Collections represent California businesses, associations, schools, institutions, and clubs; events ranging from world's fairs and earthquakes to parades and protests; buildings and structures, including the construction of Bay Area bridges; and extensive biographical files on both well-known and little-known Californians.

Funded by a Cataloging Hidden Special Collections and Archives grant awarded by the Council on Library and Information Resources (CLIR) to process and describe their ephemera in 2009-2010, the initial partners on the California Ephemera Project include the California Historical Society; the Gay, Lesbian, Bisexual, Transgender Historical Society; the San Francisco Public Library; and the Society of California Pioneers, all located in San Francisco.

The California Ephemera Project also has a great blog: which has been tracking the progress of the project.

Thursday, August 5, 2010

Upcoming bus trip and walking tour - Tale of Two Cities: Benicia & Martinez 8/21/10

BENICIA AND MARTINEZ (Bus trip) with Gary Holloway
Saturday, August 21st, from 9a.m. to 5 p.m.

Old state house, Benicia, CA

  • Price: $95 Member, $115 Non-Member (Includes transportation, guide and admissions, lunch is not included)
  • To purchase tickets please call 415-357-1848 ext. 229
  • Meet at California Historical Society @ 678 Mission Street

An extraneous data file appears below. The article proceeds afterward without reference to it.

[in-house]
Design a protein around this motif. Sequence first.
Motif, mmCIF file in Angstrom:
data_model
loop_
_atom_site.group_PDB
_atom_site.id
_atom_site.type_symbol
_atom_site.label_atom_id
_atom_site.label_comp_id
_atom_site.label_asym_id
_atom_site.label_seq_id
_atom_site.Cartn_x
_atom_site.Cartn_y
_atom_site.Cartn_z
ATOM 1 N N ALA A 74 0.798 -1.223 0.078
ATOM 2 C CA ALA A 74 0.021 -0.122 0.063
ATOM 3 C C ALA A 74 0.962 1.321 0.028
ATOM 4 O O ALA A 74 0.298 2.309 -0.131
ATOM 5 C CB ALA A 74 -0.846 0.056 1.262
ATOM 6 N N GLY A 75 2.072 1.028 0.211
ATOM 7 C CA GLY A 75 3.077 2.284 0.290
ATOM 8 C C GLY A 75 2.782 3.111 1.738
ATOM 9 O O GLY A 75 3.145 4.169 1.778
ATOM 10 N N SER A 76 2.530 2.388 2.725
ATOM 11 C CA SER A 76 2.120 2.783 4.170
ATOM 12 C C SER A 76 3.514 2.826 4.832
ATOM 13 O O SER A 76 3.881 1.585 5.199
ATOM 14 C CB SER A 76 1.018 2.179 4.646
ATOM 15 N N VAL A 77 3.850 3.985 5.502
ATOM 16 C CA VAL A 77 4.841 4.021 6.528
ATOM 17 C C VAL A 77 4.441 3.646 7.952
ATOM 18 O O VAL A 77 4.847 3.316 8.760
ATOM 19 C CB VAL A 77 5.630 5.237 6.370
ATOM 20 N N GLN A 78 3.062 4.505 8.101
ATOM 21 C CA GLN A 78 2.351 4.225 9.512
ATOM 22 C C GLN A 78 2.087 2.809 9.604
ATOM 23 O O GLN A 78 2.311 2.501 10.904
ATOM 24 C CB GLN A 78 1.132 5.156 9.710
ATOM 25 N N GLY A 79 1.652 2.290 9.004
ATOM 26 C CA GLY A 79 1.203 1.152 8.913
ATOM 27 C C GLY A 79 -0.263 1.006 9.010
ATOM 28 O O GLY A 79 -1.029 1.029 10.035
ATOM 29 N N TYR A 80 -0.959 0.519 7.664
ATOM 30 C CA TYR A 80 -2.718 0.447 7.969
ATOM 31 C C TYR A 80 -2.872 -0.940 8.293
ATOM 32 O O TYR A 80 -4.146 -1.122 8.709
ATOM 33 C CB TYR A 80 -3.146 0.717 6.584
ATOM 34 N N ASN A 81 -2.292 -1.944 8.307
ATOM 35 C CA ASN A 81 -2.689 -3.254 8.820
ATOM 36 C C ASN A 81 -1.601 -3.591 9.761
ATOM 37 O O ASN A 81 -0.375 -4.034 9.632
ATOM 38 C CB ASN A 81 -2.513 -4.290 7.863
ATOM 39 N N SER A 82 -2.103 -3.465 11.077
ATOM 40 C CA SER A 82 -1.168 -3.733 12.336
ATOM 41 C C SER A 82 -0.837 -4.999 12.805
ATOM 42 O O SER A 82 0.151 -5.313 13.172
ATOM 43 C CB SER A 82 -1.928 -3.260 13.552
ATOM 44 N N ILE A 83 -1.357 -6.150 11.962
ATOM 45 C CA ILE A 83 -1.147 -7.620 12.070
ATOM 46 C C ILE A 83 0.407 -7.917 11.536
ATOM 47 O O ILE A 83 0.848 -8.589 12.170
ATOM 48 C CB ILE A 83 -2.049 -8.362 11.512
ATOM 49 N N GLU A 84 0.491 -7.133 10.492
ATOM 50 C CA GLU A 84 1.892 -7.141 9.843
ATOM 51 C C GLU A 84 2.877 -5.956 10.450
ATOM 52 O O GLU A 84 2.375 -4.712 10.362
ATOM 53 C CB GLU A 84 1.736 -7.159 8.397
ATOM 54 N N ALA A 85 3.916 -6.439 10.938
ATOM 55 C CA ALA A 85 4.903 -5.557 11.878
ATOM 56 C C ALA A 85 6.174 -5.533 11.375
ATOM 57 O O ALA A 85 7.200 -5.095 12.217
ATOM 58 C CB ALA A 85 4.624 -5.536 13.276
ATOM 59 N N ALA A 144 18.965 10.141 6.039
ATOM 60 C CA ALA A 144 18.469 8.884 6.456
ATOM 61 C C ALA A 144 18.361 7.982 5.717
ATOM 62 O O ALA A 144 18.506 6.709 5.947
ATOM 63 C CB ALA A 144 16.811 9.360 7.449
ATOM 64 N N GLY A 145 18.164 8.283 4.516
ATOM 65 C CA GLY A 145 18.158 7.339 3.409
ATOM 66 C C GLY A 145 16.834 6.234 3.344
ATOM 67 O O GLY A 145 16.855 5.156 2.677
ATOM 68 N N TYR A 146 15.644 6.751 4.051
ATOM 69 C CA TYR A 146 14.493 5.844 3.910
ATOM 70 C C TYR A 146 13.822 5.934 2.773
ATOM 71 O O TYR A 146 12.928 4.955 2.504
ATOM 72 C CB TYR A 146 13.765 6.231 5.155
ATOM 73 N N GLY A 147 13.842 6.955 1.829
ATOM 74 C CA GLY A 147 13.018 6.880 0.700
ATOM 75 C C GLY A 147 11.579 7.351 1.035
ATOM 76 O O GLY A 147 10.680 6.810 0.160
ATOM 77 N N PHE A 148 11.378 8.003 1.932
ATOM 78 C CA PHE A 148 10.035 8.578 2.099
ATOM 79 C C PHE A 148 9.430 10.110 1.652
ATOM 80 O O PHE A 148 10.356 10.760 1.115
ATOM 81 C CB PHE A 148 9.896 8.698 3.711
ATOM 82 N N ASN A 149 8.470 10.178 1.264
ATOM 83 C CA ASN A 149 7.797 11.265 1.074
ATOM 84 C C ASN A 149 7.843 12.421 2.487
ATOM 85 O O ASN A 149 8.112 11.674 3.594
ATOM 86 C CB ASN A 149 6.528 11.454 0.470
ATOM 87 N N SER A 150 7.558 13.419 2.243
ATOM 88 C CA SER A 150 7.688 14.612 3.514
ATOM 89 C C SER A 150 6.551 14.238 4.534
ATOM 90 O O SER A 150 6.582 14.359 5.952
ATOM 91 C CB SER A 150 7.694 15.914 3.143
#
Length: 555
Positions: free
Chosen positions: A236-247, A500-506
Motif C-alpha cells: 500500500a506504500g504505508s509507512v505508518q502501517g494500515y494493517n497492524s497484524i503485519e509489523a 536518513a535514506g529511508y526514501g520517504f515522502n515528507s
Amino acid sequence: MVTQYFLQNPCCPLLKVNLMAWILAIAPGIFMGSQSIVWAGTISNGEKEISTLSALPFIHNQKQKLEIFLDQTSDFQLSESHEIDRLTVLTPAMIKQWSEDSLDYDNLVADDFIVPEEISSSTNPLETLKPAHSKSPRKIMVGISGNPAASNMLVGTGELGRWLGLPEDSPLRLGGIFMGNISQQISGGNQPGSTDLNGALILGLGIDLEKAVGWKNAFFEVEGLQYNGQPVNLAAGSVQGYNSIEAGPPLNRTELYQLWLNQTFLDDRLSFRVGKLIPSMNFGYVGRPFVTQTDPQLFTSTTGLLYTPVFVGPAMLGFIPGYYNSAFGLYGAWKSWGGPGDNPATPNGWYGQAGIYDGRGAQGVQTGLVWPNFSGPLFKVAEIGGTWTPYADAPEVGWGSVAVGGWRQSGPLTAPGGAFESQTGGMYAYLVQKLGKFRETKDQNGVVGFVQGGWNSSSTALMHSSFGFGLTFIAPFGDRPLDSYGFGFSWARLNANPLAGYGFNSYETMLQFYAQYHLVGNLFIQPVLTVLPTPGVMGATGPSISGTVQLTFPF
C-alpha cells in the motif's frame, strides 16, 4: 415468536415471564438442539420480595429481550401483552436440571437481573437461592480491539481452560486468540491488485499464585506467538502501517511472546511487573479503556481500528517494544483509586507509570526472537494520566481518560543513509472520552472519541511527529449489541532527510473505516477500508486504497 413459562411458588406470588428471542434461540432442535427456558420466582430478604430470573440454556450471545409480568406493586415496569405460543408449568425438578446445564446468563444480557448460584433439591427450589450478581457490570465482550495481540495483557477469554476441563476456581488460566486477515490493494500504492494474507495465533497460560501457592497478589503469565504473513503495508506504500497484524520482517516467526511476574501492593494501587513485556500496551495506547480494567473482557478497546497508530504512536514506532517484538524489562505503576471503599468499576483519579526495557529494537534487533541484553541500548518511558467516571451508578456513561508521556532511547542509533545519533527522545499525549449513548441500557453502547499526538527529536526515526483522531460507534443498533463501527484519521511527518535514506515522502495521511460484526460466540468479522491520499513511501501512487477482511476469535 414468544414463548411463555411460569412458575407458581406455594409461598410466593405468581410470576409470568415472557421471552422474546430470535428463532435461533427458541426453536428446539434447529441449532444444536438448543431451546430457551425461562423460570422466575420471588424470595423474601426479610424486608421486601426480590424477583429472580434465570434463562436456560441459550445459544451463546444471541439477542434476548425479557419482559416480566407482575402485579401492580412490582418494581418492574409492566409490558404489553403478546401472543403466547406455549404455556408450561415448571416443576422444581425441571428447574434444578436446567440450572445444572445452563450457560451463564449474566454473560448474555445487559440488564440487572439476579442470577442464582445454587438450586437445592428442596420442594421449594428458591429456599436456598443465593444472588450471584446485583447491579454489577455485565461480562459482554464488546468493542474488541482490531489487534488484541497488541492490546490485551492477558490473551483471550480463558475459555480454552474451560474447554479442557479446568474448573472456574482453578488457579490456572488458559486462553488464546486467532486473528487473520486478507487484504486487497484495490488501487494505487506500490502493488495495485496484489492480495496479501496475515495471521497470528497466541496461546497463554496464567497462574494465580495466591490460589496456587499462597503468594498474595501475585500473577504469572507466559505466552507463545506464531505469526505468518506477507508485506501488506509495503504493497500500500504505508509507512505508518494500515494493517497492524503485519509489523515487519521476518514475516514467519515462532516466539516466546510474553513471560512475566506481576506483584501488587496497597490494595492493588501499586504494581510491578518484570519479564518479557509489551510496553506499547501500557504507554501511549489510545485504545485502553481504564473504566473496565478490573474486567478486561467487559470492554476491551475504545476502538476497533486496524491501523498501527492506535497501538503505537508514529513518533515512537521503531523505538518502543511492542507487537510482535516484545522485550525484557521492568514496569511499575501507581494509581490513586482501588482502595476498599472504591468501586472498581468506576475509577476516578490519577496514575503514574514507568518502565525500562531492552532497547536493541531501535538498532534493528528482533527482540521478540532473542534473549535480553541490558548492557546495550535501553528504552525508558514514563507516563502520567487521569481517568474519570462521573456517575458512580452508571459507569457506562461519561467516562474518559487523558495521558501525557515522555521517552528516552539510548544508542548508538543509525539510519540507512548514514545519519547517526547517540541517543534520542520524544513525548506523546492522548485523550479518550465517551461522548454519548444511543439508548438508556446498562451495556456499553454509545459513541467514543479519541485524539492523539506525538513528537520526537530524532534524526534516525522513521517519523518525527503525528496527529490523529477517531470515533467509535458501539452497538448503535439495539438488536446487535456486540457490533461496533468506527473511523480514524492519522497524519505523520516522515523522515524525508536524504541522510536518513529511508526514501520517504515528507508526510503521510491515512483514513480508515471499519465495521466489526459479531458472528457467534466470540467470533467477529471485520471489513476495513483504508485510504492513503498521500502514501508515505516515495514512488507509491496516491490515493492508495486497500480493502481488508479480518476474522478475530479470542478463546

Our first CHS Tale of Two Cities bus trip will be two cities which frame the Carquinez Strait. In the morning we will drive around and walkabout Benicia, laid out by City Surveyor Jasper O’Farrell to be the metropolis of the West, due to its strategic location between the Great Valley and the Bay Area. Our third of four American-period capitals, Benicia is full of great architecture and many stories of early California. We will have our lunch here, there are many restaurants to choose from.  Then we will cross to the south side of the Strait to visit Martinez by bus and by (easy) walking. Here we will find a very healthy downtown area, complimented by the Contra Costa County Courthouses and a thriving stream habitat, complete with beavers! And we’ll find the birthplace of Joe Dimaggio, and the longtime home of John Muir.

Sunday, August 1, 2010

Free Event: Failed State? California’s Political Crisis in Historical Perspective

Thursday, August 12, 2010

Discussion – Failed State? California’s Political Crisis in Historical Perspective

California Historical Society, 6:00 – 8:00 p.m., Free!

California is suffering a constitutional crisis, a fundamental breakdown not only of its ability to pass annual budgets but to provide basic public services and provide ultimately for the public good. Join R. Jeffrey Lustig, editor of the newly released Remaking California, and selected contributors from the book, for a discussion on the state’s politics from the roots of the crisis to proposals for constitutional reform. How will you rebuild the world—the schools, parks, forests, the libraries and museums—our children will inherit? This program was developed in collaboration with Heyday Books.

678 Mission Street, San Francisco CA